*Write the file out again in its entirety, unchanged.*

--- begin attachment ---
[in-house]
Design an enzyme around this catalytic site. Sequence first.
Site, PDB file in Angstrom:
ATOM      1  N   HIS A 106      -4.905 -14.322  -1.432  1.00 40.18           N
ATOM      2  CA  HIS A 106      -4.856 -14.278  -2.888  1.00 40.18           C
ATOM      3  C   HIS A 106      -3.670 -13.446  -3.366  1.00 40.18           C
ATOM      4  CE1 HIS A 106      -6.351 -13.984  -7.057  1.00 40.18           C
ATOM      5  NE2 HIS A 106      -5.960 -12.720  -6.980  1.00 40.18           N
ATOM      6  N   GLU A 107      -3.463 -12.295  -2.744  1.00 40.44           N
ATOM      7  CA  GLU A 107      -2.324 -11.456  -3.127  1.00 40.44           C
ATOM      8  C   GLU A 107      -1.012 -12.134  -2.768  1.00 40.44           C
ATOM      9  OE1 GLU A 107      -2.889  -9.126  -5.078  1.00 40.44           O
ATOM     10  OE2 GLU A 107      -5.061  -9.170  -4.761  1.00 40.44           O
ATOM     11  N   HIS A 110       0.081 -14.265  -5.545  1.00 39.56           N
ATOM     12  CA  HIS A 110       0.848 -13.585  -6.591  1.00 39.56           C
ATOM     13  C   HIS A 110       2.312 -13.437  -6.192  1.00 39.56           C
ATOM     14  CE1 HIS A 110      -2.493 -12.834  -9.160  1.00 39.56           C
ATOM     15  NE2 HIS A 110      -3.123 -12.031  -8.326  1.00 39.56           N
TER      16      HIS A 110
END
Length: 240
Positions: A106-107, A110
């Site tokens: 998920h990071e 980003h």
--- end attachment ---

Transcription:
[in-house]
Design an enzyme around this catalytic site. Sequence first.
Site, PDB file in Angstrom:
ATOM      1  N   HIS A 106      -4.905 -14.322  -1.432  1.00 40.18           N
ATOM      2  CA  HIS A 106      -4.856 -14.278  -2.888  1.00 40.18           C
ATOM      3  C   HIS A 106      -3.670 -13.446  -3.366  1.00 40.18           C
ATOM      4  CE1 HIS A 106      -6.351 -13.984  -7.057  1.00 40.18           C
ATOM      5  NE2 HIS A 106      -5.960 -12.720  -6.980  1.00 40.18           N
ATOM      6  N   GLU A 107      -3.463 -12.295  -2.744  1.00 40.44           N
ATOM      7  CA  GLU A 107      -2.324 -11.456  -3.127  1.00 40.44           C
ATOM      8  C   GLU A 107      -1.012 -12.134  -2.768  1.00 40.44           C
ATOM      9  OE1 GLU A 107      -2.889  -9.126  -5.078  1.00 40.44           O
ATOM     10  OE2 GLU A 107      -5.061  -9.170  -4.761  1.00 40.44           O
ATOM     11  N   HIS A 110       0.081 -14.265  -5.545  1.00 39.56           N
ATOM     12  CA  HIS A 110       0.848 -13.585  -6.591  1.00 39.56           C
ATOM     13  C   HIS A 110       2.312 -13.437  -6.192  1.00 39.56           C
ATOM     14  CE1 HIS A 110      -2.493 -12.834  -9.160  1.00 39.56           C
ATOM     15  NE2 HIS A 110      -3.123 -12.031  -8.326  1.00 39.56           N
TER      16      HIS A 110
END
Length: 240
Positions: A106-107, A110
């Site tokens: 998920h990071e 980003h």